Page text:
She tells Jewish News: “I’m not active in the Jewish community and I was absolutely overwhelmed with the snowball effect. Within 6 weeks, I’d raised the money from the Jewish community in London. In total about 220 people donated, anything from £30 to £25k.”

The UK’s leading Israel charity, UJIA, offered to manage the funding and “within a day had set up a designated page and link for me. The money just came pouring in. UJIA also donated and introduced me to some of their own donors. They’ve been very, very supportive even though I’m not remotely affiliated with them. I basically raised the money and have split them up into 5 groups of 20.”

Matan Sobol, left, with Israeli footballer Manor Solomon. Feburary 2024. Pic: Emily Cohen

The trip is managed by Cohen and a few dedicated volunteers. Her protectiveness over and connection with them is undeniable; their affection and trust for her is obvious.

She knows every single one of their stories and introduces Jewish News to Matan Sobol, whose first cousins, the 26-year old twins Gali and Zif Berman, are still hostage in Gaza. And then to Bar Yatzan, who was locked in a safe room with his girlfriend, and fought desperately to keep terrorists locked out by using his body weight to jam a laundry bin against the door until the IDF arrived.

Members of the second group of the Kfar Aza London delegation, February 2024. Pic: Emily Cohen

Bar’s sister Gili, who is with him in London, was in another safe room with their father, whose hands were shot off, one at a time, when terrorists tried to force their way in, using a hand grenade. Gili stayed with her father for around 30 hours while he was bleeding out. While he survived, more than four months and eight surgeries later, he is still in hospital and she has barely left his side, sleeping at the hospital every night.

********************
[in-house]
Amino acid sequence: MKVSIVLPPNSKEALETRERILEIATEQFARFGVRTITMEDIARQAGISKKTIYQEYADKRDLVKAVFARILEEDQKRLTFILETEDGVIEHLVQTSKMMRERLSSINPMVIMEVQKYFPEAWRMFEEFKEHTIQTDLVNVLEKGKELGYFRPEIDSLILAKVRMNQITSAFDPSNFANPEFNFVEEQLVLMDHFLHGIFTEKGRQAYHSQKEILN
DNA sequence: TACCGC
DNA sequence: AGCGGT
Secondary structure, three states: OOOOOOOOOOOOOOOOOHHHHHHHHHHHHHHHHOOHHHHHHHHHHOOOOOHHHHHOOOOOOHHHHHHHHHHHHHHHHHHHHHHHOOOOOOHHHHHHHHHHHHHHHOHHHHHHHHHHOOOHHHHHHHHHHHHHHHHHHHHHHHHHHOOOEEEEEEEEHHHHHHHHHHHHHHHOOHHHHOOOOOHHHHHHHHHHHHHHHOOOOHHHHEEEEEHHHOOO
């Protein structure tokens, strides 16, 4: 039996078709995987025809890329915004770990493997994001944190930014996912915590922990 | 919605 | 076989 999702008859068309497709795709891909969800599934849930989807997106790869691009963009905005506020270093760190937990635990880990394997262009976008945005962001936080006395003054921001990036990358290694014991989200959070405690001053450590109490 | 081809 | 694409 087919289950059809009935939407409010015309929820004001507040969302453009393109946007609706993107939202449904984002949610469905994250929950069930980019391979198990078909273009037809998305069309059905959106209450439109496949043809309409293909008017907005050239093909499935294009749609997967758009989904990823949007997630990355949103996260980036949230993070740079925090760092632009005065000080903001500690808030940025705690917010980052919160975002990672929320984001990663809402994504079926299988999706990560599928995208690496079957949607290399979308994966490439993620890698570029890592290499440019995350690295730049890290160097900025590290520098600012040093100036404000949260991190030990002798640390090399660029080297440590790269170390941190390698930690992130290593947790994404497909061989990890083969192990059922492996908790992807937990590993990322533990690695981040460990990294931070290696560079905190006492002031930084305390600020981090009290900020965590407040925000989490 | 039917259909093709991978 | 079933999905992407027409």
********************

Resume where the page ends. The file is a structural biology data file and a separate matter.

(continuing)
Cohen continues: “There’s another young girl who lost both her parents; Asaf who lost his older brother; Liron’s father was murdered. All of them are very affected by it.”

Members of the second group of the Kfar Aza London delegation, February 2024. Pic: Emily Cohen

The aim of the trip to London is to provide a temporary mental health break from what the young Israelis have experienced.

The group’s itinerary is packed. From their arrival at the hotel, to the “lovely big welcome dinners, each time in a different restaurant”, to today when half the group experienced a private tour of the Tottenham Football Club Stadium ground, (Matan’s favourite part, so far, despite being a Chelsea supporter), whilst the girls went to a balloon art exhibition next to the Embankment, which Cohen describes as “very immersive, therapeutic.”

The group have eaten lunch at Camden market, been to the Aldwych to see Mamma Mia, watched the Changing of the Guards, had a tour of Embankment, Westminster Abbey, ridden on the London Eye and had lunch at Southbank Food market.

Now the group are huddled together on a couches in the hotel lobby. Later, in groups of two or four, they’ll be hosted by different Jewish families across London for Friday night dinner.